Bank of Ireland contactless payments rise more than 140% in year

Dublin accounts for 43 per cent of volume of contactless payments

Bank of Ireland’s data shows the number of 15- to 19-year-old customers  using contactless payments increased 290 per cent year on year in February.

Bank of Ireland’s data shows the number of 15- to 19-year-old customers using contactless payments increased 290 per cent year on year in February.

 

The number of contactless payments made by Bank of Ireland customers increased by more than 140 per cent year on year in February as customers embraced this new method of paying for purchases below €30.

Figures provided to The Irish Times show the bank conducted 4.25 million contactless transactions in the month, up from 1.7 million a year earlier.

The biggest users of contactless were 30- to 39-year-olds, with Dublin accounting for 43 per cent of the volume of payments.

There has also been strong growth in contactless usage among Bank of Ireland’s corporate customers with growth of 170 per cent year on year in the number of such transactions on business debit cards.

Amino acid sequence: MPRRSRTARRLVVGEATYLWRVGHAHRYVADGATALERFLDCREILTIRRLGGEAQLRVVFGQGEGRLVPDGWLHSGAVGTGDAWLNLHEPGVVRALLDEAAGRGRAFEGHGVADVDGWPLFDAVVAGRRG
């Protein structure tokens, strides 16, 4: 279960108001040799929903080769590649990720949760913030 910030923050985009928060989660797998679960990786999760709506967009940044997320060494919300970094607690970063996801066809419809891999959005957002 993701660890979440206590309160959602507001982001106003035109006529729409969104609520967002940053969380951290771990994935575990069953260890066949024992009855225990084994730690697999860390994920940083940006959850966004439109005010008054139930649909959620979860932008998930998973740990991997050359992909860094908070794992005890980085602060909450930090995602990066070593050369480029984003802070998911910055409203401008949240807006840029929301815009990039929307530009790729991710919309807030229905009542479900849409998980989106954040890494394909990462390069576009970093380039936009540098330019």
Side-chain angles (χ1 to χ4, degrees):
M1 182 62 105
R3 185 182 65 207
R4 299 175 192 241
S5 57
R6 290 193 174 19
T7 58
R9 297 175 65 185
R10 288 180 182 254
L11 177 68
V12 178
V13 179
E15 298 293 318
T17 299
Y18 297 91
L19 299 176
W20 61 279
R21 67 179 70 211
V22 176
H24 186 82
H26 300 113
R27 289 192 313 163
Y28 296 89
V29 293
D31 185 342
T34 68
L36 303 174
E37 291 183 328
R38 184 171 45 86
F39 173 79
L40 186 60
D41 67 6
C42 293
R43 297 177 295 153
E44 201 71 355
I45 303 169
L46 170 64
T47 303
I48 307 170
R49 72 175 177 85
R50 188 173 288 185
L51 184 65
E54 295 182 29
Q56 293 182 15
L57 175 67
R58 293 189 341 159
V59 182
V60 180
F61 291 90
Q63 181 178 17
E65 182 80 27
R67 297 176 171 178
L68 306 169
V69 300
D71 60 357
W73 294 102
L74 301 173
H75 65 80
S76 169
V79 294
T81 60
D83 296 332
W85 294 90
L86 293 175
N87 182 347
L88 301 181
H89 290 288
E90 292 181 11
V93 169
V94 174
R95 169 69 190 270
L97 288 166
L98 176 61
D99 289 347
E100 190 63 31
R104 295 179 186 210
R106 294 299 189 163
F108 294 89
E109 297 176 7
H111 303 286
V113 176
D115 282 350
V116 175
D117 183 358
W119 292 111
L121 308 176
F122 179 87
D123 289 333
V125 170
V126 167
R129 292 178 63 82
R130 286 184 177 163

Bank of Ireland’s data shows that 15- to 19-year-olds have also embraced contactless with the number of customers increasing by 290 per cent. And this generation have increased the amounts they are spending via contactless by 406 per cent.

The bank said 78 per cent of customers using contactless were registered for its 365 Online service.

Cheque usage

The increased reliance on online payments has impacted on cheque usage, which declined by 27 per cent in February compared with a year earlier.

Bank of Ireland first launched a contactless-enabled Visa debit card about five years ago, allowing consumers to pay for purchases of €15 and under by holding a card over a reader using so-called near-field technology.

The limit has since been doubled, increasing consumer appetite for the service.

Commenting on the figures, John O’Beirne, director of products at Bank of Ireland said: “Our latest figures demonstrate that customers are increasingly favouring what is seen as the most efficient method of payment for items below €30. The rate of contactless usage is increasing and we can expect the figures to continue to increase across all demographics in the coming months.

“Businesses have also hugely benefited from increased contactless activity as they can process more transactions, benefit from reduced cash handling costs and are at a lesser chance for exposure to theft.”